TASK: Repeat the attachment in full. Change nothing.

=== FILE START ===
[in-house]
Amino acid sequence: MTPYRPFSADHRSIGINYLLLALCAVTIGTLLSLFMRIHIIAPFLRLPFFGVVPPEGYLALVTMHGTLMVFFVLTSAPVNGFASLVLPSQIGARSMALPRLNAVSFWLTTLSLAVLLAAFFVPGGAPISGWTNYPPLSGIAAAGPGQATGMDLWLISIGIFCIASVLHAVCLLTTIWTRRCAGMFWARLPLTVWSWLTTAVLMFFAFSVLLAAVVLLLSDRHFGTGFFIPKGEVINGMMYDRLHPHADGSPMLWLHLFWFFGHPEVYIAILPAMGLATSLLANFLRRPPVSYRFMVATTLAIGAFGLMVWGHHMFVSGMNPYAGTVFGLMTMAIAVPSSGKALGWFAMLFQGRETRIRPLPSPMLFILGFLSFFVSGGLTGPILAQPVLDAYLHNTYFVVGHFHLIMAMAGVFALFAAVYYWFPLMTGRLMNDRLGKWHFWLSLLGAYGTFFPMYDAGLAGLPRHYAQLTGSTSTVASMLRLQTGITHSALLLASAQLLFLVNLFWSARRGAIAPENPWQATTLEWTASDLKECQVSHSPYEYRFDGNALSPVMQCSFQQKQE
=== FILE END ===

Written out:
[in-house]
Amino acid sequence: MTPYRPFSADHRSIGINYLLLALCAVTIGTLLSLFMRIHIIAPFLRLPFFGVVPPEGYLALVTMHGTLMVFFVLTSAPVNGFASLVLPSQIGARSMALPRLNAVSFWLTTLSLAVLLAAFFVPGGAPISGWTNYPPLSGIAAAGPGQATGMDLWLISIGIFCIASVLHAVCLLTTIWTRRCAGMFWARLPLTVWSWLTTAVLMFFAFSVLLAAVVLLLSDRHFGTGFFIPKGEVINGMMYDRLHPHADGSPMLWLHLFWFFGHPEVYIAILPAMGLATSLLANFLRRPPVSYRFMVATTLAIGAFGLMVWGHHMFVSGMNPYAGTVFGLMTMAIAVPSSGKALGWFAMLFQGRETRIRPLPSPMLFILGFLSFFVSGGLTGPILAQPVLDAYLHNTYFVVGHFHLIMAMAGVFALFAAVYYWFPLMTGRLMNDRLGKWHFWLSLLGAYGTFFPMYDAGLAGLPRHYAQLTGSTSTVASMLRLQTGITHSALLLASAQLLFLVNLFWSARRGAIAPENPWQATTLEWTASDLKECQVSHSPYEYRFDGNALSPVMQCSFQQKQE